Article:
Matchday 6 in the UEFA Champions League group stage often comes around with little reason for excitement, with the majority of clubs having already sealed progression into the knockout round, but that was anything but the case this week, with 13 of the 32 clubs’s Champions League lives hanging in the balance.
Two of those clubs were Club Brugge and Lazio, and the two clubs faced off in the Stadio Olimpico on Tuesday with a chance to advance from Group F. Lazio needed a win or a draw in Rome to qualify for the Round of 16 for the first time since 1999, whilst the Belgian side needed a victory to advance to the knockout round for the first time in eight attempts.
Currently second in the Jupiler Pro League behind league leaders Genk, Club Brugge were largely dominant throughout their home fixture at the Jan Breydel Stadium, but they were forced to settle for a 1-1 draw following goals from Joaquín Correa and Hans Vanaken. On the other hand, Lazio had won two and drawn three from their opening five matches, with talisman Ciro Immobile scoring in each fixture so far.
Lazio manager Simone Inzaghi made two changes to the side who earned a 1-1 draw in Dortmund last week, with Luiz Felipe and Manuel Lazzari coming in for Mohamed Fares and Patric at the back. Club Brugge manager Philippe Clement also opted for two changes from their resounding 3-0 victory over Zenit Saint Petersburg. Brandon Mechele and Emmanuel Dennis dropped to the bench with Krépin Diatta and Eduardo Sobol returning to the side.
Lazio lined up in a 3-5-2 that they have used in every match so far this season, whereas Clement opted for a 3-1-4-2, a replica of the formation he used against Lazio in October. For Inzaghi, the 3-5-2 remained for all of the match, with the only notable change being Wesley Hoedt’s substitution at halftime for Stefan Radu, a like-for-like switch at centre half.
On the other end, Clement was forced to tweak his plans after Eduard Sobol received a second yellow shortly before the break after pulling down Lazzarri. He promptly replaced 21-year-old forward Noa Lang with veteran defender Simon Deli, opting for a 4-4-1 in the second half.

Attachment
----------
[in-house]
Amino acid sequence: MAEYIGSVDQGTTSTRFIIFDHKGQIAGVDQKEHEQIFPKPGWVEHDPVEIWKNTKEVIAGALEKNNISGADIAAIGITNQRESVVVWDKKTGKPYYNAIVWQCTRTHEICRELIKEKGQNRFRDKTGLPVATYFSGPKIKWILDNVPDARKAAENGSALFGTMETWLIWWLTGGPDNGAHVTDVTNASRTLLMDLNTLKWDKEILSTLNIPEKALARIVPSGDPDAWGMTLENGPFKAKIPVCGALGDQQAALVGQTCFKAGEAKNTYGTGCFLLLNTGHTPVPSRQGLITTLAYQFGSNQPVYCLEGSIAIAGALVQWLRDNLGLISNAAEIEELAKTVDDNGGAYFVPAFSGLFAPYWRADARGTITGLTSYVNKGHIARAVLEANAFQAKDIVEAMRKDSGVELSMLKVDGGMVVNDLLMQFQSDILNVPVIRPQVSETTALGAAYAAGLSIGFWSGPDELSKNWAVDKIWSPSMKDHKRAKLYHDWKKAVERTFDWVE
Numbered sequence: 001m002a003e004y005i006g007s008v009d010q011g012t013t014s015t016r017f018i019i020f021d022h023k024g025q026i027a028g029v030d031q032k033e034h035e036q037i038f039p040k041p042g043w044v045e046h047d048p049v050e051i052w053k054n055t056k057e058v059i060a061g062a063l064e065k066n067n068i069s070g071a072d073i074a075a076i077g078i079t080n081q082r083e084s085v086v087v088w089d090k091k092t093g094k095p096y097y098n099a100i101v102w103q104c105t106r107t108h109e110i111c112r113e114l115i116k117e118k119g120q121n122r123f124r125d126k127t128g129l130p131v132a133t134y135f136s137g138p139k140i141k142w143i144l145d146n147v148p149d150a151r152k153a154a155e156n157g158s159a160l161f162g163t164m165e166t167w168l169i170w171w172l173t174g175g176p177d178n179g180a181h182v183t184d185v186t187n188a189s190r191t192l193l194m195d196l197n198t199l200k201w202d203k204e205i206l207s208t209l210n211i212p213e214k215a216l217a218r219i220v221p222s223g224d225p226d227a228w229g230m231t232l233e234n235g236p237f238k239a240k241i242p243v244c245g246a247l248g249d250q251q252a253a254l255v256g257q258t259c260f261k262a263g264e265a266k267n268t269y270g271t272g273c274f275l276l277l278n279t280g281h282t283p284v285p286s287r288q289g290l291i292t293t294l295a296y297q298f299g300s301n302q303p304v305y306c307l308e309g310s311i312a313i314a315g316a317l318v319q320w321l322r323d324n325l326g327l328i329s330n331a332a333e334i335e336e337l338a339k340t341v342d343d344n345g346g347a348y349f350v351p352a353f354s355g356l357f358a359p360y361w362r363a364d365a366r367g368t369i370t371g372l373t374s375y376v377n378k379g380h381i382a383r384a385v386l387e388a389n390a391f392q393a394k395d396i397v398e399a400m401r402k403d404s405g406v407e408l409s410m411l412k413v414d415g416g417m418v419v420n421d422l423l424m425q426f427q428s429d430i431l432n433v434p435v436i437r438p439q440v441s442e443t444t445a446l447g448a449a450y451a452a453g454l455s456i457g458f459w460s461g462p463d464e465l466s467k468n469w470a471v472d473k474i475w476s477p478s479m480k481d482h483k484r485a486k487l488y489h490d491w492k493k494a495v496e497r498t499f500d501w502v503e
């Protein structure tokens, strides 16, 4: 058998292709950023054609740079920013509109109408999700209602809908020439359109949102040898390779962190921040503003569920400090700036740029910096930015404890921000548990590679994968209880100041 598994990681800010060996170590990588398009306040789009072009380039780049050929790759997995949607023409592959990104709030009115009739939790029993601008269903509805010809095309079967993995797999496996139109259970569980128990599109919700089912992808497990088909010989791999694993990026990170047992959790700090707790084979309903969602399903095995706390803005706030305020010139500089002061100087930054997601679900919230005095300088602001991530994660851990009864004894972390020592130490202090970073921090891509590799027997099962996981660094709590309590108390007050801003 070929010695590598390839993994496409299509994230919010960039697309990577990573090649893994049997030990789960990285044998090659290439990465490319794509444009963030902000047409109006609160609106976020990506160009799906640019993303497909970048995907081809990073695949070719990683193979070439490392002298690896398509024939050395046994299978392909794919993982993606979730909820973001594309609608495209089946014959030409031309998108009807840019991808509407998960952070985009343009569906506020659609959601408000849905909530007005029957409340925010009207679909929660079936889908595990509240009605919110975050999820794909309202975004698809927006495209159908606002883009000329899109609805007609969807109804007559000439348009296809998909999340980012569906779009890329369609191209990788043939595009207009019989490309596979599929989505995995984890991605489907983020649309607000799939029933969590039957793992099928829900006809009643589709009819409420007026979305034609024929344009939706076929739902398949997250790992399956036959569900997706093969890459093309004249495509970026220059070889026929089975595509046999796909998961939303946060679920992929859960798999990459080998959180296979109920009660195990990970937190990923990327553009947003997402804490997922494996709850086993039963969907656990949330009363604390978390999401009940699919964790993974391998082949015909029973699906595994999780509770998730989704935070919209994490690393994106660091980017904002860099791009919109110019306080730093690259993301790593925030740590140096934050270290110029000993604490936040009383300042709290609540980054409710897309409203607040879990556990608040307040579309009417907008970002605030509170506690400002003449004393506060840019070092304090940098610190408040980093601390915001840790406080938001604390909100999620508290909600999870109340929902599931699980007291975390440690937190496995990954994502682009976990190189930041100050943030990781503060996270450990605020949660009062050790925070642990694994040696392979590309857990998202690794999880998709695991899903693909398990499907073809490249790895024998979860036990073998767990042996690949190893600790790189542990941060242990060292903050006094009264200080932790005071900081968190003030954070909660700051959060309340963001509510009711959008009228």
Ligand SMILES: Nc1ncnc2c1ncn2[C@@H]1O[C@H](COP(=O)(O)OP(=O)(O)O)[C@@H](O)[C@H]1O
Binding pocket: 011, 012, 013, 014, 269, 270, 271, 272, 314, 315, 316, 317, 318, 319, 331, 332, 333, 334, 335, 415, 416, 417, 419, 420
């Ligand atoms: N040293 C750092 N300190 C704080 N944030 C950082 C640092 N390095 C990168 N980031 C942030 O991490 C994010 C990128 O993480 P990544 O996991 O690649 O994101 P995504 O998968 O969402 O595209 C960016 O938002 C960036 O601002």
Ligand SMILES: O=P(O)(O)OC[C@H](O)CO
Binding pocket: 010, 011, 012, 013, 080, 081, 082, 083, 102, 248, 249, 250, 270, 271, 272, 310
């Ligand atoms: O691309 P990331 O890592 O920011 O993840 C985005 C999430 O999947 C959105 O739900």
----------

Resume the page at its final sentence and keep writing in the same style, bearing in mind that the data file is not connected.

Clement’s Selection Headache
Clement’s two changes to the line-up that cruised past Zenit last week did not have the positive impact the Belgian manager would have been hoping for, with both Diatta and Sobol encountering a turbulent first half. Set up as a right wing-back in a 3-5-2, Diatta was the more offensive of the fullback pairing, often the furthest man forward in Brugge’s few ventures into Lazio’s half in the first 45.
Although the 21-year-old Senegalese international did provide some exciting sparks throughout the match, his defensive deficiencies became clear from the first whistle, with Lazio targeting his side throughout the first half. It came as little surprise when Clement withdrew Diatta in the 84th minute for David Okereke to provide a physical threat up front.
Lazio clearly favored the left-hand side throughout the match against Brugge, largely due to Diatta’s inabilities to grasp his defensive duties in an unfamiliar RWB role. [WhoScored]
Not only did chances arise from Diatta’s failure to track back from attacking positions, but both Lazio goals came over the winger’s side. Particularly in the second goal, Diatta seemed to slowly saunter back, failing to recognize the potential threat Immobile would cause as he gets into Brugge’s box and draws a penalty.
Just minutes into the match, the shortcomings in Diatta’s positioning out of possession became evident. A better decision from Correa (who tried to find Immobile through the middle) could have led to a dangerous chance for Lazio.
Clement’s other change for this game, Sobol, found himself stranded in a highway of Lazio attacks down their right flank. The Shakhtar loanee picked up a yellow card after just two minutes after pulling down Immobile, treading a fine line for the rest of the evening that did not seem to resonate with the fullback.
Following a horrendously late tackle 34 minutes in, the 25-year-old Ukraine international finally got his marching orders just 5 minutes later after a tactical foul on Lazzari. The first half was one to forget for Clement, with both of the players he had chosen to bring back into the side for this crucial game letting him down.
On the other side, Inzaghi’s men had played out the game plan to a tee, shutting down Brugge’s midfield technicians Vanaken and Ruud Vormer with an impeccably executed midfield press. Although not completely sitting off of Brugge’s defense, Lazio were happy to afford the Belgian’s center backs time in possession, aware that none of the three were capable of a pinpoint long ball or incisive through ball that could break through the home sides’s midfield.